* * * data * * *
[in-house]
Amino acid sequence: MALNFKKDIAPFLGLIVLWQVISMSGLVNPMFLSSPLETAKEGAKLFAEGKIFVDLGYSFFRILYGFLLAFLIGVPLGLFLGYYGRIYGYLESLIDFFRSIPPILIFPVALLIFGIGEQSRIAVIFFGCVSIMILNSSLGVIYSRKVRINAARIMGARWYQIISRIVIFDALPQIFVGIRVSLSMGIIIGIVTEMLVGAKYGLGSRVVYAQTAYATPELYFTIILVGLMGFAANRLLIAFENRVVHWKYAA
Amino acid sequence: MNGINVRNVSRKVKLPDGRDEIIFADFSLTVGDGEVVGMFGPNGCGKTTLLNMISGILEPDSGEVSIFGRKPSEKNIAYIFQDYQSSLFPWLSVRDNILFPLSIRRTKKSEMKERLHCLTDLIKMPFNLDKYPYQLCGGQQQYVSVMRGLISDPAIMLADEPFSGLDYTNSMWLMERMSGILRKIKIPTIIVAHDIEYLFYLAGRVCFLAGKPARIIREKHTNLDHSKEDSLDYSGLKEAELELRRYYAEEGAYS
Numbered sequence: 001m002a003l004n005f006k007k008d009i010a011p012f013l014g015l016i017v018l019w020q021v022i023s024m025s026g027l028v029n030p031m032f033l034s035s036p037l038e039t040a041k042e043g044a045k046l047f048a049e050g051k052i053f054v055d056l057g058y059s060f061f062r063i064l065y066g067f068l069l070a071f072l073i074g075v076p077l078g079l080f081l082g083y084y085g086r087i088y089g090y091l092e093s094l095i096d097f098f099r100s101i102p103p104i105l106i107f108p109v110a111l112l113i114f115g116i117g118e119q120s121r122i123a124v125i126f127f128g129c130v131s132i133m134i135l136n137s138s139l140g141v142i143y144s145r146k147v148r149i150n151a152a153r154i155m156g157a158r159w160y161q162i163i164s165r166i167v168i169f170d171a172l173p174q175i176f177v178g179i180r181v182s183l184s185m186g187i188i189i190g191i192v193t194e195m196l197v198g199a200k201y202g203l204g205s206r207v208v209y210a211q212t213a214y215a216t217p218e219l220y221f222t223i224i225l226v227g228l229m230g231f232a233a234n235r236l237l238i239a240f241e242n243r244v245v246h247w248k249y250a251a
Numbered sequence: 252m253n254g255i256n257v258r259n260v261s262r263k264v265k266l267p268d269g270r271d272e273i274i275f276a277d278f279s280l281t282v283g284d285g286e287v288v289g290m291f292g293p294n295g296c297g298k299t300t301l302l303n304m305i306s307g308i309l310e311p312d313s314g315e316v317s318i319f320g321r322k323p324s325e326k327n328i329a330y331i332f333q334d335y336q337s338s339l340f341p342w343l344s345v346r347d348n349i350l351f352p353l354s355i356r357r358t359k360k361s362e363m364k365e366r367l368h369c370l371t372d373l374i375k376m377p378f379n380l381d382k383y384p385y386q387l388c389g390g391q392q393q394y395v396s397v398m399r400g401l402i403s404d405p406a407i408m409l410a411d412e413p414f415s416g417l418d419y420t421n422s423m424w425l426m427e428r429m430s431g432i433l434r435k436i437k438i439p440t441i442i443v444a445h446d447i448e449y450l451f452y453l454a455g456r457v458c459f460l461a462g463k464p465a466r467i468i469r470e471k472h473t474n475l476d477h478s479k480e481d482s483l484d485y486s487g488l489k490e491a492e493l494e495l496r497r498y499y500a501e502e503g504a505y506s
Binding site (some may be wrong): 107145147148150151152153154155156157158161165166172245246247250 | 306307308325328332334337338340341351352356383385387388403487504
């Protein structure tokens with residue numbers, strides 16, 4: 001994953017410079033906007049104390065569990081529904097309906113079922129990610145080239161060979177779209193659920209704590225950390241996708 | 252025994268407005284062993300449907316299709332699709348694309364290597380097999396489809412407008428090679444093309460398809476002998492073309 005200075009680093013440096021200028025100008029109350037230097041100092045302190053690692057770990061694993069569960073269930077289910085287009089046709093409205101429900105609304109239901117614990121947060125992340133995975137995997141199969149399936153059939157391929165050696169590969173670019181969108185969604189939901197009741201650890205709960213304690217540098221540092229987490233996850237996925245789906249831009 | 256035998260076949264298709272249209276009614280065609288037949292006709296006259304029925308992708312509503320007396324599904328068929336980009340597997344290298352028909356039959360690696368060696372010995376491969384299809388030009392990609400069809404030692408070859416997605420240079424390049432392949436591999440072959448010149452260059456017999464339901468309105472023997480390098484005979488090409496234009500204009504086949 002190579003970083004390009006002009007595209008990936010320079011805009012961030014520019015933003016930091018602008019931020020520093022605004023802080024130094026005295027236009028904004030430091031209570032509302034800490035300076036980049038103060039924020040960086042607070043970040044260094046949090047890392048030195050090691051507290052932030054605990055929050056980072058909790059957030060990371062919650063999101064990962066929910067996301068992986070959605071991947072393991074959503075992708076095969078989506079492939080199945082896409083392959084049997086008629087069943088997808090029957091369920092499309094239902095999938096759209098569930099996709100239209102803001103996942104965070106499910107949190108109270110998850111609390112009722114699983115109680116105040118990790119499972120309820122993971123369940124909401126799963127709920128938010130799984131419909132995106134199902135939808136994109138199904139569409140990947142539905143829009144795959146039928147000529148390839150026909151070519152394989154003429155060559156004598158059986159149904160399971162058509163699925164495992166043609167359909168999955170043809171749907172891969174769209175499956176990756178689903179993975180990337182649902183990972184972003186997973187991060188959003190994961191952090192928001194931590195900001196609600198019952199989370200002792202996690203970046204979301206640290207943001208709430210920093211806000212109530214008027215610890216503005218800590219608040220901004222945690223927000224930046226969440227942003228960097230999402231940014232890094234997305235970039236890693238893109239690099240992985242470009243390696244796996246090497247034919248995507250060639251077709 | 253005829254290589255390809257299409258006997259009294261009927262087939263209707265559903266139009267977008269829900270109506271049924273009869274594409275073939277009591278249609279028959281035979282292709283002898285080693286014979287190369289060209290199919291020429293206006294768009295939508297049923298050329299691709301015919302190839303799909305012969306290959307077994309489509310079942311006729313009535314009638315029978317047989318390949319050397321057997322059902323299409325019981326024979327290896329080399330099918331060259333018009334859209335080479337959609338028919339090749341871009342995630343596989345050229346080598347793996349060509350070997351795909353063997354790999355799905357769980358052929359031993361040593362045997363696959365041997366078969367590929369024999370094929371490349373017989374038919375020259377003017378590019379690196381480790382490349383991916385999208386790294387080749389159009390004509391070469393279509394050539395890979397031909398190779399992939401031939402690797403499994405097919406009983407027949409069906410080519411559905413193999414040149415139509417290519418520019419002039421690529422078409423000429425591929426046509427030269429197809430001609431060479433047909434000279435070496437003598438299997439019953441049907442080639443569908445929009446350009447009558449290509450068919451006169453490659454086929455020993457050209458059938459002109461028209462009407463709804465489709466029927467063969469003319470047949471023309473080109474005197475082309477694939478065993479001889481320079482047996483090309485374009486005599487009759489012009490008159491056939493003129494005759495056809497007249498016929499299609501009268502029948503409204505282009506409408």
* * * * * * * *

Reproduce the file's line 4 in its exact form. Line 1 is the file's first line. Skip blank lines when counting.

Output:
Numbered sequence: 001m002a003l004n005f006k007k008d009i010a011p012f013l014g015l016i017v018l019w020q021v022i023s024m025s026g027l028v029n030p031m032f033l034s035s036p037l038e039t040a041k042e043g044a045k046l047f048a049e050g051k052i053f054v055d056l057g058y059s060f061f062r063i064l065y066g067f068l069l070a071f072l073i074g075v076p077l078g079l080f081l082g083y084y085g086r087i088y089g090y091l092e093s094l095i096d097f098f099r100s101i102p103p104i105l106i107f108p109v110a111l112l113i114f115g116i117g118e119q120s121r122i123a124v125i126f127f128g129c130v131s132i133m134i135l136n137s138s139l140g141v142i143y144s145r146k147v148r149i150n151a152a153r154i155m156g157a158r159w160y161q162i163i164s165r166i167v168i169f170d171a172l173p174q175i176f177v178g179i180r181v182s183l184s185m186g187i188i189i190g191i192v193t194e195m196l197v198g199a200k201y202g203l204g205s206r207v208v209y210a211q212t213a214y215a216t217p218e219l220y221f222t223i224i225l226v227g228l229m230g231f232a233a234n235r236l237l238i239a240f241e242n243r244v245v246h247w248k249y250a251a